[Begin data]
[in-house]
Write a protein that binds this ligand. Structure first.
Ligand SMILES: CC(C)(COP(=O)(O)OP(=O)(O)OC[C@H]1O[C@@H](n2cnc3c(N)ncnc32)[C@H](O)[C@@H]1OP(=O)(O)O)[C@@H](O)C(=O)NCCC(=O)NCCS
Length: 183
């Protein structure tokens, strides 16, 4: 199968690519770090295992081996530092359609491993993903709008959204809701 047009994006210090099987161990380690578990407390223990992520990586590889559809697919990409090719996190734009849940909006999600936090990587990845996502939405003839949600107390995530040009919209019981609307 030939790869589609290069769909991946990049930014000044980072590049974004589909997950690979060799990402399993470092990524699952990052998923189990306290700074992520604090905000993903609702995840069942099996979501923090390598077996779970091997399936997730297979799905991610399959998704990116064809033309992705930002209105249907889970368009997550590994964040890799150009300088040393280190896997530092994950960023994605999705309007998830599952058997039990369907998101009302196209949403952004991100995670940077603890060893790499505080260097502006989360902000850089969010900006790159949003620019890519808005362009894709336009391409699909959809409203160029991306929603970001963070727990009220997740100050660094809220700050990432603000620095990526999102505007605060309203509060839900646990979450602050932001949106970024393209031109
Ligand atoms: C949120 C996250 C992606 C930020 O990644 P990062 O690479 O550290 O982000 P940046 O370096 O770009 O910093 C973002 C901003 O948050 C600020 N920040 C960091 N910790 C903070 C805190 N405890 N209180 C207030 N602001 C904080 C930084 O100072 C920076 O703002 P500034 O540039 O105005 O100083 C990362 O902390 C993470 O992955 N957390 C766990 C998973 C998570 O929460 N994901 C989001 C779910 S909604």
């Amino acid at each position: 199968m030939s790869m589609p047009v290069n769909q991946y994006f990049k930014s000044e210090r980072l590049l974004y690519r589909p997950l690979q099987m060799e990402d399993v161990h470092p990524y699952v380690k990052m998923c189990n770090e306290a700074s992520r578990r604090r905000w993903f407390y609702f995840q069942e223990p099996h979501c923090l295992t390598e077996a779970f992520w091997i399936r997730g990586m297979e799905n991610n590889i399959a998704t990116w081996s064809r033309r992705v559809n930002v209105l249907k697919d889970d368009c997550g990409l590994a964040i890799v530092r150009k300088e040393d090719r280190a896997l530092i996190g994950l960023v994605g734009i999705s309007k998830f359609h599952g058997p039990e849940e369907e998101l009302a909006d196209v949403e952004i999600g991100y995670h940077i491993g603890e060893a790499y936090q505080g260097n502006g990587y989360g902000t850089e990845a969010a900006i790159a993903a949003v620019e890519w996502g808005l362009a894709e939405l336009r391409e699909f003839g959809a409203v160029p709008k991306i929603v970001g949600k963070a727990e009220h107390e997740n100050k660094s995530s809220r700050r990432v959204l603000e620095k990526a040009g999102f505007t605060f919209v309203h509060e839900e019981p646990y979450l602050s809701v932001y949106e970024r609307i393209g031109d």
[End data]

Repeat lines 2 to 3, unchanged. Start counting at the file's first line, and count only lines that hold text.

Write a protein that binds this ligand. Structure first.
Ligand SMILES: CC(C)(COP(=O)(O)OP(=O)(O)OC[C@H]1O[C@@H](n2cnc3c(N)ncnc32)[C@H](O)[C@@H]1OP(=O)(O)O)[C@@H](O)C(=O)NCCC(=O)NCCS